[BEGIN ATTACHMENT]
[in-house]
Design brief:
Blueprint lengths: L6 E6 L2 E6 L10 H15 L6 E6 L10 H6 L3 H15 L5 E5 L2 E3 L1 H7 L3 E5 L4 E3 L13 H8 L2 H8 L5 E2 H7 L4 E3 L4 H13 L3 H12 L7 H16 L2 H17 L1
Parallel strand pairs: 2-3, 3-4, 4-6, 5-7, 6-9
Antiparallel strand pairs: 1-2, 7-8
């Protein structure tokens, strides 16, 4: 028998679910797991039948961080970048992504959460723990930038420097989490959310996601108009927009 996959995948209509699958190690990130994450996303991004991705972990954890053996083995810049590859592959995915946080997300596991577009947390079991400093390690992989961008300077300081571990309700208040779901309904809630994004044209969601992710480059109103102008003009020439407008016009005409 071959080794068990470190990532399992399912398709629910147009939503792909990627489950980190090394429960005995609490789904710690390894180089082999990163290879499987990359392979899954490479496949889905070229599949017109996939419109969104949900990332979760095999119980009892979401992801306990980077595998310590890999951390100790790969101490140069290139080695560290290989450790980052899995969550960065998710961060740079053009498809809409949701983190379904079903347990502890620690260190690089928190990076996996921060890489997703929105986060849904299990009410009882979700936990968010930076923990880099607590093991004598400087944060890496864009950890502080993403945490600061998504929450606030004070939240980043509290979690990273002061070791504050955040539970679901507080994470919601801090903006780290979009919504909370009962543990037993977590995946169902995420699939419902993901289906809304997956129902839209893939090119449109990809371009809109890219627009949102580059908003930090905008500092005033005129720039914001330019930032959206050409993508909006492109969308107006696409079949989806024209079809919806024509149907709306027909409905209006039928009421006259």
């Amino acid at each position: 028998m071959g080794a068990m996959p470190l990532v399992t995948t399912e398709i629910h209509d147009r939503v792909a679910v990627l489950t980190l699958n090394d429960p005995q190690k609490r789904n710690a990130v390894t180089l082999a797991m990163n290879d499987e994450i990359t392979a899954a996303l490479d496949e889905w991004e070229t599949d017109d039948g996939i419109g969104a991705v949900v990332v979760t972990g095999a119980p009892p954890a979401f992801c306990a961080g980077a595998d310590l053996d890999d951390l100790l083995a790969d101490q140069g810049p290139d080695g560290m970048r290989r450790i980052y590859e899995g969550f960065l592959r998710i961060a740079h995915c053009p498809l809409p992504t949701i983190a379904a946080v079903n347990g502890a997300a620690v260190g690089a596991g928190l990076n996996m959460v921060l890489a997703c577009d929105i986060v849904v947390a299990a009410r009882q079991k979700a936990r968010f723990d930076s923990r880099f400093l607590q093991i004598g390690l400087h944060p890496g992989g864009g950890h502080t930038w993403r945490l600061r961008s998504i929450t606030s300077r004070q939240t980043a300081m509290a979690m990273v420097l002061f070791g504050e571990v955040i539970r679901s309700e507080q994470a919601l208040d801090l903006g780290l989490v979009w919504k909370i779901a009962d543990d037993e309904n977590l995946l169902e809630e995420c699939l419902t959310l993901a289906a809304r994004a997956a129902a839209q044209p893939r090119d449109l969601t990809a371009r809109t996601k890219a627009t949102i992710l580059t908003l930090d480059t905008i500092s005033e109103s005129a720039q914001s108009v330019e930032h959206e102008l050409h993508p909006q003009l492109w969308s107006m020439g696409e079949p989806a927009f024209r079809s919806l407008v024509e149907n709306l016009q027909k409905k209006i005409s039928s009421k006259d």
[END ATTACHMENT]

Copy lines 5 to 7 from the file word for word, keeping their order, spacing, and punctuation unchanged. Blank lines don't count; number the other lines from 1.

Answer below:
Antiparallel strand pairs: 1-2, 7-8
């Protein structure tokens, strides 16, 4: 028998679910797991039948961080970048992504959460723990930038420097989490959310996601108009927009 996959995948209509699958190690990130994450996303991004991705972990954890053996083995810049590859592959995915946080997300596991577009947390079991400093390690992989961008300077300081571990309700208040779901309904809630994004044209969601992710480059109103102008003009020439407008016009005409 071959080794068990470190990532399992399912398709629910147009939503792909990627489950980190090394429960005995609490789904710690390894180089082999990163290879499987990359392979899954490479496949889905070229599949017109996939419109969104949900990332979760095999119980009892979401992801306990980077595998310590890999951390100790790969101490140069290139080695560290290989450790980052899995969550960065998710961060740079053009498809809409949701983190379904079903347990502890620690260190690089928190990076996996921060890489997703929105986060849904299990009410009882979700936990968010930076923990880099607590093991004598400087944060890496864009950890502080993403945490600061998504929450606030004070939240980043509290979690990273002061070791504050955040539970679901507080994470919601801090903006780290979009919504909370009962543990037993977590995946169902995420699939419902993901289906809304997956129902839209893939090119449109990809371009809109890219627009949102580059908003930090905008500092005033005129720039914001330019930032959206050409993508909006492109969308107006696409079949989806024209079809919806024509149907709306027909409905209006039928009421006259």
């Amino acid at each position: 028998m071959g080794a068990m996959p470190l990532v399992t995948t399912e398709i629910h209509d147009r939503v792909a679910v990627l489950t980190l699958n090394d429960p005995q190690k609490r789904n710690a990130v390894t180089l082999a797991m990163n290879d499987e994450i990359t392979a899954a996303l490479d496949e889905w991004e070229t599949d017109d039948g996939i419109g969104a991705v949900v990332v979760t972990g095999a119980p009892p954890a979401f992801c306990a961080g980077a595998d310590l053996d890999d951390l100790l083995a790969d101490q140069g810049p290139d080695g560290m970048r290989r450790i980052y590859e899995g969550f960065l592959r998710i961060a740079h995915c053009p498809l809409p992504t949701i983190a379904a946080v079903n347990g502890a997300a620690v260190g690089a596991g928190l990076n996996m959460v921060l890489a997703c577009d929105i986060v849904v947390a299990a009410r009882q079991k979700a936990r968010f723990d930076s923990r880099f400093l607590q093991i004598g390690l400087h944060p890496g992989g864009g950890h502080t930038w993403r945490l600061r961008s998504i929450t606030s300077r004070q939240t980043a300081m509290a979690m990273v420097l002061f070791g504050e571990v955040i539970r679901s309700e507080q994470a919601l208040d801090l903006g780290l989490v979009w919504k909370i779901a009962d543990d037993e309904n977590l995946l169902e809630e995420c699939l419902t959310l993901a289906a809304r994004a997956a129902a839209q044209p893939r090119d449109l969601t990809a371009r809109t996601k890219a627009t949102i992710l580059t908003l930090d480059t905008i500092s005033e109103s005129a720039q914001s108009v330019e930032h959206e102008l050409h993508p909006q003009l492109w969308s107006m020439g696409e079949p989806a927009f024209r079809s919806l407008v024509e149907n709306l016009q027909k409905k209006i005409s039928s009421k006259d």